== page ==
"He never seemed much interested in returning to Ohio.
He had learned to speak Laguna."
—Leslie Marmon Silko* When I dig into heir lives, the practicioners of the surveying profession never cease to amaze me. This was supposed to be an article on Walter G. Marmon’s survey of Albuquerque of which I first read more than thirty years ago in Eldred Harrington’s "Albuquerque" [in: An Engineer Writes, Calvin Horn, Publ. Albuquerque, 1967]. Dr. Harrington mentions "Colonel Marmon" as the man who established the new townsite of Albuquerque alongside the approaching railroad tracks and in the process named its downtown streets. He erroneously called Marmon a railroad engineer and native of New York, while in my own research I found him to be a lifelong surveyor and prominent resident of Laguna Pueblo. In her poetry Ms. Silko is speaking of her great-grandfather Robert G. Marmon but the lines would also fit Robert’s older brother Walter. The two brothers were natives of Logan County, Ohio, where Walter was born in 1845 and Robert in 1848. Orphaned at an early age they studied engineering at Northwestern Ohio Normal School in Lebanon (Robert for fifteen months). When the Civil war broke out Walter enlisted as a private and by war’s end was a 1st lieutenant in the 2nd Ohio Heavy Artillery. At that time the seventeen-year-old Robert was already teaching school in Harden County. Walter Gunn Marmon came to New Mexico in 1869 as a surveyor with Ehud N. Darling. A year earlier Darling had surveyed the 37th parallel boundary of New Mexico and he now had a contract to survey the newly proclaimed [June 1, 1868] Navajo Indian Reservation. In 1870 Marmon and Darling made a preliminary survey for an Atlantic & Pacific Railway route from Albuquerque to the Arizona line and it was then that he became acquainted with Laguna Pueblo and decided to settle there. When in 1871 he became a teacher in Laguna it was in the first government school among any of the pueblos. His brother Robert Gunn Marmon joined him in 1872. Robert left a record of his adventurous trip to New Mexico, a journey that was financed in part by Fred Harvey of Santa Fe Railroad fame, whom he had met in Leavenworth. In Leavenworth he also became acquainted with George H. Pradt, a U.S. Deputy surveyor who was on his way to Indian Territory (Oklahoma) on a government survey and promised him employment with the General Land Office if he would join him later that year in Santa Fe. Laguna was by no means love at first sight for Robert who later confessed, that if he had enough money he would have returned to Ohio. Walter lived in a room at the old Baptist mission were his furniture consisted of a bake oven, a frying pan and a few tin plates. There was neither chair nor bed nor anything else. The school where he taught had holes in the wall that served as windows, logs for benches, one book in the entire school and no pencils. The pupils were adult men (there were a few women) who carried babies on their backs. When Walter went on a prospecting trip to Arizona he induced his brother to become a substitute teacher with the laconic comment: ” You’ll get used to it after a while.” Robert did, and by next spring was “talking Indian better than he [Walter] was”. In Laguna the Marmon brothers opened a trading post and married Laguna women. In 1877 Walter served on the Indian Council where he helped draft the Laguna constitution. Robert contracted for many years with the U.S. General Land Office, at times assisted by Walter in surveying land grants and subdividing townships, often employing Indian crews. Among others, in 1878 Robert surveyed the huge Maxwell Grant (in partnership with John T. Elkins). The activities of the Marmon brothers in Laguna have not been without their critics. “Militant" Presbyterians they established in 1875 a Presbyterian mission in in the Pueblo and succeeded to convert a significant number of the natives. The resulting cultural schism caused many of the tradition minded members of the tribe to leave the pueblo and settle elsewhere. When in 1880 Robert was chosen governor of Laguna he became the first non-Indian to hold that office in any Keresan pueblo. In 1886 Walter was likewise chosen governor. Having “learned to speak Laguna” literally and figuratively, the Marmons were able to assist the southwestern ethnologist and historian Adolph Bandelier, who visited the pueblo in July 1882 and who wrote that: "…to my greatest delight…[Walter Marmon] gave me a good deal of valuable information.” Despite the extensive surveying activities by the Marmon brothers, both entered the history books primarily for their military exploits in the New Mexico Militia, especially Walter who became the "Old Man" of the "Marmon Battalion". Beginning in 1880 Indians were permitted to enlist as regular members of territorial militia units, and in 1882 Walter was commissioned "Captain Commanding" of a company consisting of four troops solely composed of Laguna Indians. Promotions came in quick succession and by 1885 he was colonel of the cavalry and became a key figure in the Indian campaign. Now back to the beginning of the story and the survey of Albuquerque. In March 1880, with the railroad tracks approaching Albuquerque, officers of the AT&SF had formed the New Mexico Town Company, a real estate firm that hired Walter Marmon to "survey, mark, and name streets for the townsite." Beginning at the railroad tracks he numbered the streets from one to sixteen westward. Moving to the east side of the tracks he started with Broadway, which made Dr. Harrington believe he was a New Yorker, when in fact Broadway was intended as a firebreak to protect the brushy desert that bordered it on the east. Next came Arno who was the son of Franz Huning, one of his employers, followed by Edith and Walter, and finally High Street. By now he was so far out in the boondocks that the Town Company told him to quit, they did not believe that Albuquerque would ever grow farther to the east. The east-west streets he named after minerals, perhaps in order to celebrate New Mexico’s booming mining industry. Some streets were named for his employers Huning (now Iron Avenue), Stover and Hazeltine. As surveying goes, for a man who had surveyed the remote mesa and canyon homeland of the Navajos, laying out a grid in the fields adjacent to the railroad tracks may not have been very challenging. Despite their commercial, political and military interests the Marmons never retired from surveying. Walter literally surveyed to the last because he caught pneumonia while working on a GLO contracts and died at Ramah, New Mexico on November 11, 1899. He is buried in a small corral only a few yards from his home in Laguna Pueblo. Robert died in 1933.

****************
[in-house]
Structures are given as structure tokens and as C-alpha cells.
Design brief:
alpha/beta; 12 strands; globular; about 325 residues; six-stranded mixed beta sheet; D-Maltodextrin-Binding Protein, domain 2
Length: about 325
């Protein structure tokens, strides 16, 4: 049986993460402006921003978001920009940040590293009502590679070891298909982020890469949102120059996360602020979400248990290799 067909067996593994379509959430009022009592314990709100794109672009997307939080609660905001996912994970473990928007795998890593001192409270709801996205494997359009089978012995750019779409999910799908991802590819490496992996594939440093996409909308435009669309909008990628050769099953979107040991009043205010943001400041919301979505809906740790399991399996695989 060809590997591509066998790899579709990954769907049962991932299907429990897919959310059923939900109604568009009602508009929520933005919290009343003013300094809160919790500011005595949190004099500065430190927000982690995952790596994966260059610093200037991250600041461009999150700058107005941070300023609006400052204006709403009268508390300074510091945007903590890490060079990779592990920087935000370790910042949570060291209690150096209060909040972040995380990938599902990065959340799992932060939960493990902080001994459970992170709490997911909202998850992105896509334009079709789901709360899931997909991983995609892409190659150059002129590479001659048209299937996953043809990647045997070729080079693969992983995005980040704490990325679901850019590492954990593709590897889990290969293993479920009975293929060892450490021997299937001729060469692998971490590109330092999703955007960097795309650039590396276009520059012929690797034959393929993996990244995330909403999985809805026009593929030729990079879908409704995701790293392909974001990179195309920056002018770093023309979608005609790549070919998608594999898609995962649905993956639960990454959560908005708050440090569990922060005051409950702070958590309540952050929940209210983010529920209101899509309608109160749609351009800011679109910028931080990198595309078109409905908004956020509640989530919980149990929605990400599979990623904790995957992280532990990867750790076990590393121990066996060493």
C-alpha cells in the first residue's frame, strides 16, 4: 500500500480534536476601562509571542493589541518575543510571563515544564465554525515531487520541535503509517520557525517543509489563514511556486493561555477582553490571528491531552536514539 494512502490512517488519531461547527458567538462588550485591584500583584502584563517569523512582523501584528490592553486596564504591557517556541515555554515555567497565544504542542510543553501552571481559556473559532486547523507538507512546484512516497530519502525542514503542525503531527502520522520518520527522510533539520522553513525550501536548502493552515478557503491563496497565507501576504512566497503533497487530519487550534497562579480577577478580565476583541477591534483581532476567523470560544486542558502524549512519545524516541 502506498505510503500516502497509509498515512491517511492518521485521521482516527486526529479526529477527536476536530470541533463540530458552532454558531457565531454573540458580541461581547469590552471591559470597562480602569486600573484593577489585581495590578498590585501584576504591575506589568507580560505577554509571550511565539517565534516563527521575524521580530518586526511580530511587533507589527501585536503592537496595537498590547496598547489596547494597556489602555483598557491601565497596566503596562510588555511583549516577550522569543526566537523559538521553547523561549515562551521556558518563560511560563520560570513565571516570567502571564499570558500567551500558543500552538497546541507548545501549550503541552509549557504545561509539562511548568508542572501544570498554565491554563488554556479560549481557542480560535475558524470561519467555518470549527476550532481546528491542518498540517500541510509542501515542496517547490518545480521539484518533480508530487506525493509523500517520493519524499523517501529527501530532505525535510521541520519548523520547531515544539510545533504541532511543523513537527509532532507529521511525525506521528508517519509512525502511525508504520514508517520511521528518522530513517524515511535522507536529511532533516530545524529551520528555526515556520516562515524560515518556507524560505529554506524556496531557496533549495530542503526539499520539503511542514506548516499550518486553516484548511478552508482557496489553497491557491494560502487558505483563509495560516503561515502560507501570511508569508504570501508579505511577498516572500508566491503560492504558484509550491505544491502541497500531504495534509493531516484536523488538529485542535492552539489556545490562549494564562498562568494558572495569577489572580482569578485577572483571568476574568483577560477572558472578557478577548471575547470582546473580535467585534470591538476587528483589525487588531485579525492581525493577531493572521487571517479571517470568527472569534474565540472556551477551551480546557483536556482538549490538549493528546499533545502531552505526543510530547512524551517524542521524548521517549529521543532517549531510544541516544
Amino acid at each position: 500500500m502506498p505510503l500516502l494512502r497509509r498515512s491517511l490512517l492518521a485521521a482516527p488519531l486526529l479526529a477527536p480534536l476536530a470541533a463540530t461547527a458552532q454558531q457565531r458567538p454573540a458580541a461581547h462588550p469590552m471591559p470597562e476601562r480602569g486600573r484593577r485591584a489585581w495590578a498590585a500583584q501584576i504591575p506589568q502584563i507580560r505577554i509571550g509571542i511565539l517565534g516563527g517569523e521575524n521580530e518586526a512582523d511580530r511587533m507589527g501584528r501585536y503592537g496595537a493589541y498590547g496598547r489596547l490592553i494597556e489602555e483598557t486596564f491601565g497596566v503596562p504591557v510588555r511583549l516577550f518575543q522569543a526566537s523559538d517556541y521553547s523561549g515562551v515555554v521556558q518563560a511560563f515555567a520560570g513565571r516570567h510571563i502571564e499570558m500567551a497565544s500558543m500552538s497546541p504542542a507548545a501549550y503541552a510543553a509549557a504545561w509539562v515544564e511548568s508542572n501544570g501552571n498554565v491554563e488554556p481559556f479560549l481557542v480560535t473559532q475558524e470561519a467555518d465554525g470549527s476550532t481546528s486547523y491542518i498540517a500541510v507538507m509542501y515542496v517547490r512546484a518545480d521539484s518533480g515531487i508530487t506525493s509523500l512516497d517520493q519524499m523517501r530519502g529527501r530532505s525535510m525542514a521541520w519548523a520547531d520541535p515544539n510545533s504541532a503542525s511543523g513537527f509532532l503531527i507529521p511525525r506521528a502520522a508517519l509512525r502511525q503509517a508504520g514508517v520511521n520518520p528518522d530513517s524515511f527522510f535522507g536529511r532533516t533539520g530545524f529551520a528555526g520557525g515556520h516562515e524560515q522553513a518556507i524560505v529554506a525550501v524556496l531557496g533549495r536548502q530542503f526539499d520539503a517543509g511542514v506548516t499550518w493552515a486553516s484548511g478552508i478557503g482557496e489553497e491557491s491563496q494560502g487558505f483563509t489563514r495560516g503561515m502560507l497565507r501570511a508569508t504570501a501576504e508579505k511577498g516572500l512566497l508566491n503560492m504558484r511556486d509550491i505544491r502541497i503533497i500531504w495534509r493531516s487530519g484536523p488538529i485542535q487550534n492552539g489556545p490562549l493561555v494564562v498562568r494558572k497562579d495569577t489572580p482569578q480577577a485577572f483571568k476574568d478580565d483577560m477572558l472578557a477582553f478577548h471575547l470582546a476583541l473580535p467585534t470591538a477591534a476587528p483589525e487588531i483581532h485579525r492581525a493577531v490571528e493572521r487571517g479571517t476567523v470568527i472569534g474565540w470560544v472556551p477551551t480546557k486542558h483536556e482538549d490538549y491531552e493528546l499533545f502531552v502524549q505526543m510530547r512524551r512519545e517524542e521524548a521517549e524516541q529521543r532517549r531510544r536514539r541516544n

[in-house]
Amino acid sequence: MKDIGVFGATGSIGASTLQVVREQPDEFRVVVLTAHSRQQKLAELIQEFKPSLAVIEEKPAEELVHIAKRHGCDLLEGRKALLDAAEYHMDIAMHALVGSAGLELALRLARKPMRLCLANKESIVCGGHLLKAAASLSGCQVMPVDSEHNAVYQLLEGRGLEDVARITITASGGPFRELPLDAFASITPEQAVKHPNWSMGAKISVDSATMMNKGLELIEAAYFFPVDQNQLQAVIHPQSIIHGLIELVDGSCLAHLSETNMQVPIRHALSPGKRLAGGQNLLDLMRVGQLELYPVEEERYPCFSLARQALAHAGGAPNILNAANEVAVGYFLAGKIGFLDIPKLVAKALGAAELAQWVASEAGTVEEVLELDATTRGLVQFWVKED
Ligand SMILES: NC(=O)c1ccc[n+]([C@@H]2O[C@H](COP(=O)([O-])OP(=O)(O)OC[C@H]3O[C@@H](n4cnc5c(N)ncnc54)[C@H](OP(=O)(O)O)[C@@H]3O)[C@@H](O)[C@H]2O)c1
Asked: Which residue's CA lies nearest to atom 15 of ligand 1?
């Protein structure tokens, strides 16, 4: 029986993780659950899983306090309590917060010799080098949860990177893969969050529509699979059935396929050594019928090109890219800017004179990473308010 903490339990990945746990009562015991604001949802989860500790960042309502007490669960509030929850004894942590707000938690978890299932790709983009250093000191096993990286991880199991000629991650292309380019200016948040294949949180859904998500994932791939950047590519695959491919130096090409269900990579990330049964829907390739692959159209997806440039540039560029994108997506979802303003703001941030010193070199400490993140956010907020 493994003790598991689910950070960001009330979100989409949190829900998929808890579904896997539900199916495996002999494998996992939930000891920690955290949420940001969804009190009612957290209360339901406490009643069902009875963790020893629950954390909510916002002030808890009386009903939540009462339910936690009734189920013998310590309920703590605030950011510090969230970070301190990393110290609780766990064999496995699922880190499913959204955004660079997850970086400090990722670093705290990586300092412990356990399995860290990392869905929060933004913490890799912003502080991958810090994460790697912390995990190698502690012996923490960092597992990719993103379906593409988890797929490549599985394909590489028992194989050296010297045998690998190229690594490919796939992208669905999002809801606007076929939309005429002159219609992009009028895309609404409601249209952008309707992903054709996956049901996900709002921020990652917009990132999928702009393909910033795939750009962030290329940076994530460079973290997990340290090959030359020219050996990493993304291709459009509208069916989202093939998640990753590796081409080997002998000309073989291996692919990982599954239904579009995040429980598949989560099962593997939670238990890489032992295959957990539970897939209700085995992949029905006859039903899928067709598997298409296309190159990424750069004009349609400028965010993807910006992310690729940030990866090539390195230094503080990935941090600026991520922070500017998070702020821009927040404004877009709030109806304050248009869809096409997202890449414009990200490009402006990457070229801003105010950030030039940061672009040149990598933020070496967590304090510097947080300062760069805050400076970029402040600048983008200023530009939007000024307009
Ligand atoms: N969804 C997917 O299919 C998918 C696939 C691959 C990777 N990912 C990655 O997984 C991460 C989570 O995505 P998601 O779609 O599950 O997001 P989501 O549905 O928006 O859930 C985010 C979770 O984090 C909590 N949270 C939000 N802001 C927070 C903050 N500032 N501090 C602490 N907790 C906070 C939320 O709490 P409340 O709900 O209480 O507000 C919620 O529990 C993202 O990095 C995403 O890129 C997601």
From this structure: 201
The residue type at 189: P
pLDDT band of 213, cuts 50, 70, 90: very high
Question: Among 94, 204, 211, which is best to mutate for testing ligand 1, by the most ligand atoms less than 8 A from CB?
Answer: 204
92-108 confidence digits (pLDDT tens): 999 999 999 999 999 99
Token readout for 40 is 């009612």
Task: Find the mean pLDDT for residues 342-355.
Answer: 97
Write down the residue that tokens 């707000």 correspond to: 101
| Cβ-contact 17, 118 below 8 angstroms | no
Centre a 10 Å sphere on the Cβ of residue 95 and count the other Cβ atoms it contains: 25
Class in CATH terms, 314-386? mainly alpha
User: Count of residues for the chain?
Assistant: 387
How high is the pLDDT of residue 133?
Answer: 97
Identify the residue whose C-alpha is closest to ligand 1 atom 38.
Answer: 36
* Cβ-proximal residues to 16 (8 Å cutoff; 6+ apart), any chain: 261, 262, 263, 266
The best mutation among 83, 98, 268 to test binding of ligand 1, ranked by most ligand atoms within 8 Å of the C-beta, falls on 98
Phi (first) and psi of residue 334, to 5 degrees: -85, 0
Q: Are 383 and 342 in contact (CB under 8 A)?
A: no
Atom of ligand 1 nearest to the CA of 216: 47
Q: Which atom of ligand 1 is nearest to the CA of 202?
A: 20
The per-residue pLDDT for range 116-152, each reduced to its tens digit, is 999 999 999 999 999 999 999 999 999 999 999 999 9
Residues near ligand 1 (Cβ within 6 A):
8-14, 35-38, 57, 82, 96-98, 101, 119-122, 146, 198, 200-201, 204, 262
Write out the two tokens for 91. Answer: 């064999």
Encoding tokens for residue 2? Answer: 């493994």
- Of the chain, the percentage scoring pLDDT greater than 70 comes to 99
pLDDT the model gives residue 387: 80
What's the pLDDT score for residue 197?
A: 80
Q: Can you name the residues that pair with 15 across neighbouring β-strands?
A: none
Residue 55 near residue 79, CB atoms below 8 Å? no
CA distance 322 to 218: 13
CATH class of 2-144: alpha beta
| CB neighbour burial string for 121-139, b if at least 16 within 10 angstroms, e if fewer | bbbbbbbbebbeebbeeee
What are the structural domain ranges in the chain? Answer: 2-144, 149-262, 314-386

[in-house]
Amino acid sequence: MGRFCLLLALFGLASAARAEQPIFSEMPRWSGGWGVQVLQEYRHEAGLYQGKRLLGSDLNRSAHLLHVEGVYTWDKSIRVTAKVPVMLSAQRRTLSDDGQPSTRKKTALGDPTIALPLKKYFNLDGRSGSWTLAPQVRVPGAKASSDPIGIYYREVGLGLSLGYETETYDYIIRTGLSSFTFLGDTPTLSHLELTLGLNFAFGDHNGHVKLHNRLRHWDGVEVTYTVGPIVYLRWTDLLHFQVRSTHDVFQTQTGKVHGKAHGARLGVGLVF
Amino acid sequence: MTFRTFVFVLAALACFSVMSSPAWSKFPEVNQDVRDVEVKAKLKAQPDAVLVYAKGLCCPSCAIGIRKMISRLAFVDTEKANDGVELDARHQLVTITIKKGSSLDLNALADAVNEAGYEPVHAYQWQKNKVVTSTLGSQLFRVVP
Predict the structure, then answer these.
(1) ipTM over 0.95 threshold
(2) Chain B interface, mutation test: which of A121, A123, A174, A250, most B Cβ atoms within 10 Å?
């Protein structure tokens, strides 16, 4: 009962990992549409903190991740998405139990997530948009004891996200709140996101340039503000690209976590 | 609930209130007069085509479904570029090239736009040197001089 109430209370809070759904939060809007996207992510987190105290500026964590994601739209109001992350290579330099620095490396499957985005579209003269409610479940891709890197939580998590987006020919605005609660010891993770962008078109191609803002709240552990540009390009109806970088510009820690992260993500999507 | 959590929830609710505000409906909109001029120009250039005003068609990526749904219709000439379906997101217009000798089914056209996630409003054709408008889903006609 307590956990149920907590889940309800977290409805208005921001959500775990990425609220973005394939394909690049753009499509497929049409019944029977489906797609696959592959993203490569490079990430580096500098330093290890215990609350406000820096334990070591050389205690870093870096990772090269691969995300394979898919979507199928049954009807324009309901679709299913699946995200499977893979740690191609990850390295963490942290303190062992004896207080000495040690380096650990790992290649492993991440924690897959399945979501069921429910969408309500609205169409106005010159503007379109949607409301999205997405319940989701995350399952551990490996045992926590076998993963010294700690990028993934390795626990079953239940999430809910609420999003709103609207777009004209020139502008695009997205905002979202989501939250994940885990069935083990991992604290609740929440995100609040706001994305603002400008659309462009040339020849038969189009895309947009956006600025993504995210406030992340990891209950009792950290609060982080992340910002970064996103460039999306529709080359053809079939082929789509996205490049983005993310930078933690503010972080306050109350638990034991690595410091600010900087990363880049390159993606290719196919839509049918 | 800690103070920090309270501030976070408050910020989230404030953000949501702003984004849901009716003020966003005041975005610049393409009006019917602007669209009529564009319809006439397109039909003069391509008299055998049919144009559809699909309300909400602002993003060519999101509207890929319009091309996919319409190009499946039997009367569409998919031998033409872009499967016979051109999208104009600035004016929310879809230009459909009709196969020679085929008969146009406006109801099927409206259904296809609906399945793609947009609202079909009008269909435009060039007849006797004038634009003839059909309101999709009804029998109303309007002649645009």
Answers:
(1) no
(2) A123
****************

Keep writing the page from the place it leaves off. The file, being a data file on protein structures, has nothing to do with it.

While writing this story I attempted to contact Walter’s grandson Fred Marmon who was a New Mexico registered surveyor (LS 2031) only to learn that Fred had died in Laguna early in July 2001. I gratefully acknowledge the contribution of Lee Marmon, grandson of Robert Marmon and father of celebrated author Leslie Marmon Silko. Lee’s wife Kathryn published an interesting article in the August 2002 issue of the New Mexico Magazine, detailing the role of the Marmon brothers as leaders of the Laguna scouts. George H. Pradt mentioned above became also a well known Laguna Pueblo surveyor. Like Walter Marmon he had worked for Darling and his career mirrored that of the Marmons in many respects, as a Civil War Veteran, as G.L.O. surveyor, as a militia officer, as well as a resident, governor and rancher at Laguna. A native of Pennsylvania, Pradt also served some years as Valencia County surveyor. * From: STORYTELLER: Arcade Publishing – NY, 1981
The Marmon Brothers of Laguna
"He never seemed much interested in returning to Ohio.